Monday, December 28, 2015

How many miniatures can you paint in a year?




What is your yearly miniature painting output? I hope you'll let me know in the comments. For the first time, I've kept track of my own production... in 2015, I painted 161 miniatures:

25 miniatures for 1st/2nd Edition Talisman
18 Orc ships for Man O'War
3 Black Orcs sculpted by Bob Olley
2 Citadel Townsfolk
18 Citadel Gothic Horror Miniatures
22 Citadel Lord of the Rings Miniatures (1980's)
73 Star Wars - Imperial Assault Miniatures

Breaking down these numbers, that's about 3 miniatures a week... not bad, I suppose, given how slowly I paint. I can only guess what the average number of hours I spend on each miniature... but I reckon it has to be at least 4 hours per figure. In other words, I've spent about 644 hours painting this year. Since there's about 6000 waking hours in each year, that means I've devoted over 10% of 2015 to brushwork. Is this a good use of time? Let's ask 17th century mathematician and philosopher Blaise Pascal.
Pascal: "God wants you to paint miniatures."

Pascal is famous for writing that all humans wager with their lives that either God exists or he does not exist. Based on the assumption that there is at least a small probability that God exists, Pascal argued that a rational person should live as though God exists. That's because if God does not exist, such a person suffers only marginal losses (such as genuflection related injuries). But on the other hand, a pious person sets himself up for infinite gains if God does indeed exist. Sounds reasonable! And it seems to me that if God exists, there is also a very small chance that He wants us all to devote at least 10% of our lives to painting vintage miniatures (and will punish us with hellfire if we slack off). The logic is iron-clad. And therefore, my life is on the right track.

The accomplishment that gives me the most satisfaction is finishing the complete set of Talisman miniatures. Sometimes, when other aspects of my life depress me, I try to cheer myself up with the thought "yes things may be terrible, but at least I have painted a complete set of vintage Talisman miniatures." Oddly, this mantra works.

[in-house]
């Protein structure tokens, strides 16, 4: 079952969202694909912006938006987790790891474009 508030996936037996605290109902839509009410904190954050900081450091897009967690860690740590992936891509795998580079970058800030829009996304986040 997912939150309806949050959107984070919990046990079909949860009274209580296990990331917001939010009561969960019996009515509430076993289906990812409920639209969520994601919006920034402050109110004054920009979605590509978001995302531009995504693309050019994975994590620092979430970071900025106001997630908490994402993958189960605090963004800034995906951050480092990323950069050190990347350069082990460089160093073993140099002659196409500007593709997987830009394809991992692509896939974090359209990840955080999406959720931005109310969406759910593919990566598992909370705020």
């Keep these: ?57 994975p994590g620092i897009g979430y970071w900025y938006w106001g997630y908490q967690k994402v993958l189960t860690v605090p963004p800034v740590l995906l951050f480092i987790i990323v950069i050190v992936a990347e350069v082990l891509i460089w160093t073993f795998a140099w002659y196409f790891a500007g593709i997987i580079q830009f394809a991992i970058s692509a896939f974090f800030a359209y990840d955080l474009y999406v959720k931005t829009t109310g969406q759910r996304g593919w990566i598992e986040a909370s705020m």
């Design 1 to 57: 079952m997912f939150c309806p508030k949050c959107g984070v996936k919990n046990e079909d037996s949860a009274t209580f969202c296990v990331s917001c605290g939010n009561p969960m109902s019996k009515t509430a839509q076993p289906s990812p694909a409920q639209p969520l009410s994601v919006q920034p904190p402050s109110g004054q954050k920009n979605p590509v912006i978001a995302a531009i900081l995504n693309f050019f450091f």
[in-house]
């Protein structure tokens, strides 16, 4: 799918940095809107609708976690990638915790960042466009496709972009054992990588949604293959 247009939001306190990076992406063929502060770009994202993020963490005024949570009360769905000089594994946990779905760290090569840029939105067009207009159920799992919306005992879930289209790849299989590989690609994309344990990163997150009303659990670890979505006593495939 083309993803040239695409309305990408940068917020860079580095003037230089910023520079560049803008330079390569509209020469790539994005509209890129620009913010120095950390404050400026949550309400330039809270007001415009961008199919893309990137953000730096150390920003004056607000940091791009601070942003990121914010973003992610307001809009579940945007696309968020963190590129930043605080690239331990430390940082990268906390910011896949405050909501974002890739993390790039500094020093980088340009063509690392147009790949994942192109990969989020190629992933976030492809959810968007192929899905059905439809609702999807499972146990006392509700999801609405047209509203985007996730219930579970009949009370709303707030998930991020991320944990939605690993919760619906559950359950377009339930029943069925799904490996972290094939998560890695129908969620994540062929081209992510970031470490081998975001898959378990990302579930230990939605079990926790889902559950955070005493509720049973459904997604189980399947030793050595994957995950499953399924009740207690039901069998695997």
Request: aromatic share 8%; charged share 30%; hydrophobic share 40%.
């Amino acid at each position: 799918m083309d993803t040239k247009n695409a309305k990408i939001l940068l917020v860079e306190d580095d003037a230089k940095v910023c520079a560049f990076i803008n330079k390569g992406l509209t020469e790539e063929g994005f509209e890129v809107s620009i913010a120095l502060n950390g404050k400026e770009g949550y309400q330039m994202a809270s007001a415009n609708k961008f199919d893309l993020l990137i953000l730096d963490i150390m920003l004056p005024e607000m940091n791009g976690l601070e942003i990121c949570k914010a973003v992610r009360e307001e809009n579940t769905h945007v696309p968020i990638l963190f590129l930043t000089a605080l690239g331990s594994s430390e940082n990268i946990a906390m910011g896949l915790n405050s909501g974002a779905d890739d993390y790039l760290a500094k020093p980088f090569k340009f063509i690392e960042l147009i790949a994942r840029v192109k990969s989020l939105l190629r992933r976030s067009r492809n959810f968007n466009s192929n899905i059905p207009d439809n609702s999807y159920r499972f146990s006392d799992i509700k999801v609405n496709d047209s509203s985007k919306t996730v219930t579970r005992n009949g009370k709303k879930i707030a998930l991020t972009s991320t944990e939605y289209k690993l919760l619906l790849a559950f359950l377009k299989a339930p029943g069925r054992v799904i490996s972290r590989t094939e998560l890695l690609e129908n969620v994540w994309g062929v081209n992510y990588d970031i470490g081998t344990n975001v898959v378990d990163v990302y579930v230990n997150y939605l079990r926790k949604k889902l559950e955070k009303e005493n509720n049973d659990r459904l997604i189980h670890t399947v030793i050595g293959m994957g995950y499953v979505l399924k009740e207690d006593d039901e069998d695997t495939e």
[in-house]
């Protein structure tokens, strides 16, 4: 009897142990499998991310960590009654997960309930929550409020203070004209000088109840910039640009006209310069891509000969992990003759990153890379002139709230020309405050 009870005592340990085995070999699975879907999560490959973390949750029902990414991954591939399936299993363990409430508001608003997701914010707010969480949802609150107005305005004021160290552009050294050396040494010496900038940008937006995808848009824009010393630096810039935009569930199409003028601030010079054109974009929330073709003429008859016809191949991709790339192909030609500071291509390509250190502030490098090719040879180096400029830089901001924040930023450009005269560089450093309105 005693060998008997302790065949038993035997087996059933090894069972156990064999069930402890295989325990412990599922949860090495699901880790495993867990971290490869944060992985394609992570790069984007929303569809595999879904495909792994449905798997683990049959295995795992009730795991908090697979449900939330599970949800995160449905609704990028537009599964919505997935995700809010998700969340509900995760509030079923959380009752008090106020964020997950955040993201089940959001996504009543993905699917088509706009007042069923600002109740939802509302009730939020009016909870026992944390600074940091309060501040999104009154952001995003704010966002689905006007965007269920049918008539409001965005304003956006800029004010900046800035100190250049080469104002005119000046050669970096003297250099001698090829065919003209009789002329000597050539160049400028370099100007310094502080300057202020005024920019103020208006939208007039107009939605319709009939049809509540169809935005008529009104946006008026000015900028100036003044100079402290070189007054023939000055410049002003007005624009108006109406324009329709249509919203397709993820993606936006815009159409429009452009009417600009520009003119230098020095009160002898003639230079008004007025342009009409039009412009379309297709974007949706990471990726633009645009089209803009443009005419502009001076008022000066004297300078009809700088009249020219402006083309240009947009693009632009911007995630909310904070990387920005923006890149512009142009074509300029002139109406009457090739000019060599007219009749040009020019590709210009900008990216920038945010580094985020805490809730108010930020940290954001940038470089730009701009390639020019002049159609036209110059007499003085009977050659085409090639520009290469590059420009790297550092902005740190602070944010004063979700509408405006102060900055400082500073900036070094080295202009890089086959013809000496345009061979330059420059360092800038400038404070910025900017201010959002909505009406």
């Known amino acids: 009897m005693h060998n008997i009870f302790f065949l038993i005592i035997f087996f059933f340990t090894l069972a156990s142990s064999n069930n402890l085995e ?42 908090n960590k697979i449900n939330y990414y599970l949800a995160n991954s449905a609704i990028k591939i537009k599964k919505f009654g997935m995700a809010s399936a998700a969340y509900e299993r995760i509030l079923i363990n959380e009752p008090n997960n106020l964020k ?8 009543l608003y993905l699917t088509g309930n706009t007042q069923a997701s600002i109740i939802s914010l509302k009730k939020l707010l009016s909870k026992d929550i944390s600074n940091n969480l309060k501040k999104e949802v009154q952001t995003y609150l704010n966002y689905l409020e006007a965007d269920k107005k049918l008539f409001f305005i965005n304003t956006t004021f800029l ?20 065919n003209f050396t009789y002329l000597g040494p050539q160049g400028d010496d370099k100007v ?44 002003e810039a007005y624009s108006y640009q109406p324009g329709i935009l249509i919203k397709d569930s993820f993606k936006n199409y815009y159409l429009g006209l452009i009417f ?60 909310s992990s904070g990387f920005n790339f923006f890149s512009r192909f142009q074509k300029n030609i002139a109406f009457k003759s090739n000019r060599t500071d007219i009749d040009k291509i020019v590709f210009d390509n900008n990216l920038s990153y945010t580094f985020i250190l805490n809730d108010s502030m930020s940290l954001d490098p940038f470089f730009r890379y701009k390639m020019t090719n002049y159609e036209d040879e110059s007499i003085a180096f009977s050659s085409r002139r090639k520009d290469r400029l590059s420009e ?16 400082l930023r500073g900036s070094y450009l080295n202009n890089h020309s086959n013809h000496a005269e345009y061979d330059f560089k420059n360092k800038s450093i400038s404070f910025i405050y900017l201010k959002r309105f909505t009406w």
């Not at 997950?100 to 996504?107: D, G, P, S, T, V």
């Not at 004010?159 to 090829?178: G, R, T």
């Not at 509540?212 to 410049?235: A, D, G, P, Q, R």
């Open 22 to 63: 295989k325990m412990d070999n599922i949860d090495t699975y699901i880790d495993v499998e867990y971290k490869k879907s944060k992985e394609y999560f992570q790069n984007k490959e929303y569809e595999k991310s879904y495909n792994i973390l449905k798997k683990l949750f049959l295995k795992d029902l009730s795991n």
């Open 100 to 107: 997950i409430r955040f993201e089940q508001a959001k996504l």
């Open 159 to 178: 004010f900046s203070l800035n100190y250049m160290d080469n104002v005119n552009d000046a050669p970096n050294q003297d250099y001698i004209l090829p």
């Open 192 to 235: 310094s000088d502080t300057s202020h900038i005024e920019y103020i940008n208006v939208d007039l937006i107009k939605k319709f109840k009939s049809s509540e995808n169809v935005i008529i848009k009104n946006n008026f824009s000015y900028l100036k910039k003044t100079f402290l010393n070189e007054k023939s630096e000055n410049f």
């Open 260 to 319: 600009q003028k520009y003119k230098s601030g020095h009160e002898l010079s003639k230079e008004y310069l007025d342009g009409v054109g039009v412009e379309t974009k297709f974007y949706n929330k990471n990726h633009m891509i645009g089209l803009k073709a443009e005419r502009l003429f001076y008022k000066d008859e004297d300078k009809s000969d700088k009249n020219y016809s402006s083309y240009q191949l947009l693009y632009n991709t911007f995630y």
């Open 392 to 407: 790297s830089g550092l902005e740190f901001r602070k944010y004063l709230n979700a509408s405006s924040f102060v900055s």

Talisman Samurai, Citadel (1986, sculpted by Aly Morrison)
Talisman Samurai

The most challenging paint-jobs in 2015 have been the Star Wars Imperial Assault. Trying to accurately represent the characters I love so well has been nerve-wracking. The one that took the most effort was R2-D2 -- the geometric patterns of his trunk seem so simple but the details seem to carry so much of his personality.


R2-D2, Imperial Assault FFG (2015, sculpted by B. Maillet)
R2-D2 for Star Wars - Imperial Assault

This has also been my first full year of blogging.  My three favourite posts of 2015 are:


But what has truly brought me pleasure is the wonderful community I've discovered online. I can say with complete sincerity that every follower and (especially) every comment left on this site brightened 2015 for me. And to discover so many other great websites and people has been a revelation... So thanks for visiting, and I hope you have a wonderful New Year!


Tuesday, December 15, 2015

Wild Thing! Wookie Warriors for Imperial Assault


One of the best things about miniature painting (unlike, for example, pediatric surgery) is that you get second chances.




A few weeks ago, I painted the Wookie Warriors for Star Wars Imperial Assault. Instead of dry-brushing, I painstakingly highlighted individual hairs. It took forever, and the end result was bland and oddly reminiscent of a cat turd. To make matters worse, when it came to their big swords, I tried to emulate the past success I enjoyed in using non-metallic metals when painting Imperial Assault firearms. But on such a large blade, my NMM technique collapsed entirely, making the Wookie swords look streaky and artificial.

Time for a mulligan! Wookie Warriors are such a useful unit in the Imperial Assault skirmish game, I splurged on another pack, which I painted up a few days ago. I much happier with the result: a simple dry-brushing of the fur, and more (metallic) dry-brushing on the weapons. Each miniature only took me about an hour to paint, and I'm vastly happier with the results. Sometimes, simpler is better.


Wookie Warriors, FFG (2015, sculpted by B. Maillet)
My original Wookie Warrior: like a cat turd

The most important addition, of course, is the warpaint. I think it makes the Wookies look angry and a little crazy, rather than just hungry (which is what my original Wookies seemed to convey). I love putting warpaint on a miniature - it always requires a certain amount of daring, since one false stroke can ruin the whole face. I just had to plunge in, like a Japanese calligrapher... and hope that I didn't need a mulligan on my mulligan.